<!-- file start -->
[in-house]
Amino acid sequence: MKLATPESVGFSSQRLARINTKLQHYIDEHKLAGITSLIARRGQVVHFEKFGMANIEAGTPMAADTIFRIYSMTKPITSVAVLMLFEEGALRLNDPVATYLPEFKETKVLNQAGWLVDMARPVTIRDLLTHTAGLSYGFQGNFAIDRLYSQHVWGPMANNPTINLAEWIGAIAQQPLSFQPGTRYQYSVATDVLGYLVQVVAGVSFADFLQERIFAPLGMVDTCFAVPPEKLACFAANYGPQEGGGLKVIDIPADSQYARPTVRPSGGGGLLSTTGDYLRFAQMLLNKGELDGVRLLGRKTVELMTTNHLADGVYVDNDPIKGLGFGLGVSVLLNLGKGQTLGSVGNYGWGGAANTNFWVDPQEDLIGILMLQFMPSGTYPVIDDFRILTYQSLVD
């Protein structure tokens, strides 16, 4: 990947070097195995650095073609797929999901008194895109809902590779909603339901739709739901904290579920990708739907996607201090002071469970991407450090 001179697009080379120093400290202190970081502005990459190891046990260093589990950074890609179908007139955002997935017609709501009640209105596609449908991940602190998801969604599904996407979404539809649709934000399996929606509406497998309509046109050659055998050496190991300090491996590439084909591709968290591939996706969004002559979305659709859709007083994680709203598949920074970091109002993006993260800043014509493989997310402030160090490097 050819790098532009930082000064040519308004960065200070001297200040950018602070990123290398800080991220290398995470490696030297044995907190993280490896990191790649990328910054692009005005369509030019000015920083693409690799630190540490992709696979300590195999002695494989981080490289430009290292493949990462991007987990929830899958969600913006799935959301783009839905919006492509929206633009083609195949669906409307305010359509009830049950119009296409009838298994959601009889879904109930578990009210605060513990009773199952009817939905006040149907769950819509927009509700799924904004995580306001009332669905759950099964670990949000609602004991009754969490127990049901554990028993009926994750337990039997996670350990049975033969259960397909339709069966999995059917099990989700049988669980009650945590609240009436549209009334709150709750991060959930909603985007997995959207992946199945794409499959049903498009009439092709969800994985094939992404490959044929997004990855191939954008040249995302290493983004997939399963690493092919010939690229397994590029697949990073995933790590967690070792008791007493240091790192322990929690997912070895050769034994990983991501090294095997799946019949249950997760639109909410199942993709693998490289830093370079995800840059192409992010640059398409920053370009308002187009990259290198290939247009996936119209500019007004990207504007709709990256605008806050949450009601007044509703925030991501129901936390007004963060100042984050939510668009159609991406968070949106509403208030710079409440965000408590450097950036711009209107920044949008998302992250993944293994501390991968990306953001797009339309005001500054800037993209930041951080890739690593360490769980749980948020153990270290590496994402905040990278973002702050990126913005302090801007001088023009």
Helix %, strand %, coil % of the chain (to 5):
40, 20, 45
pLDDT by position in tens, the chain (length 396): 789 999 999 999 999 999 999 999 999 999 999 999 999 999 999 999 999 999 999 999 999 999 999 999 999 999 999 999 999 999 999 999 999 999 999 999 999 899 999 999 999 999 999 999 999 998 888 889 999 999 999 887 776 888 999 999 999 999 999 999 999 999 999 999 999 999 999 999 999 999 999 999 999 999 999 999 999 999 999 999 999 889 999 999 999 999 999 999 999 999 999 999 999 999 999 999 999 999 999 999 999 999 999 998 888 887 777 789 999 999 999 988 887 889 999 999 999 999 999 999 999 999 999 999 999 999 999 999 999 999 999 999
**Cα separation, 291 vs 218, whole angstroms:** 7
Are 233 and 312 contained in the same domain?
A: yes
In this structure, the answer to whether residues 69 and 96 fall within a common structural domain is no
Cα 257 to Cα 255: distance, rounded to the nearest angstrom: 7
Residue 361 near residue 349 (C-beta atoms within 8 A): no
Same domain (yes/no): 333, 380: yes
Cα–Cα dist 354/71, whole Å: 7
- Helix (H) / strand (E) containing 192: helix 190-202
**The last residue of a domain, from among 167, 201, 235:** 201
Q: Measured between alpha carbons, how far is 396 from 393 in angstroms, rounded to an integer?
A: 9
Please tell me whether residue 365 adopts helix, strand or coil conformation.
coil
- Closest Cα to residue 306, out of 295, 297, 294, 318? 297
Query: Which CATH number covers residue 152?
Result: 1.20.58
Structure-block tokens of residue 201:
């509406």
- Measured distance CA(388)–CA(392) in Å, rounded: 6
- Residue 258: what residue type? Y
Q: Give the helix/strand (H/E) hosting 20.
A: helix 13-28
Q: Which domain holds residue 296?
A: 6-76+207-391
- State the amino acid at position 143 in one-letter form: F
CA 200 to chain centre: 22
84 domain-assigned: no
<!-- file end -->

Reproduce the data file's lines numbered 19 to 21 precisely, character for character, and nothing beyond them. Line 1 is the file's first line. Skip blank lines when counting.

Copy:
Please tell me whether residue 365 adopts helix, strand or coil conformation.
coil
- Closest Cα to residue 306, out of 295, 297, 294, 318? 297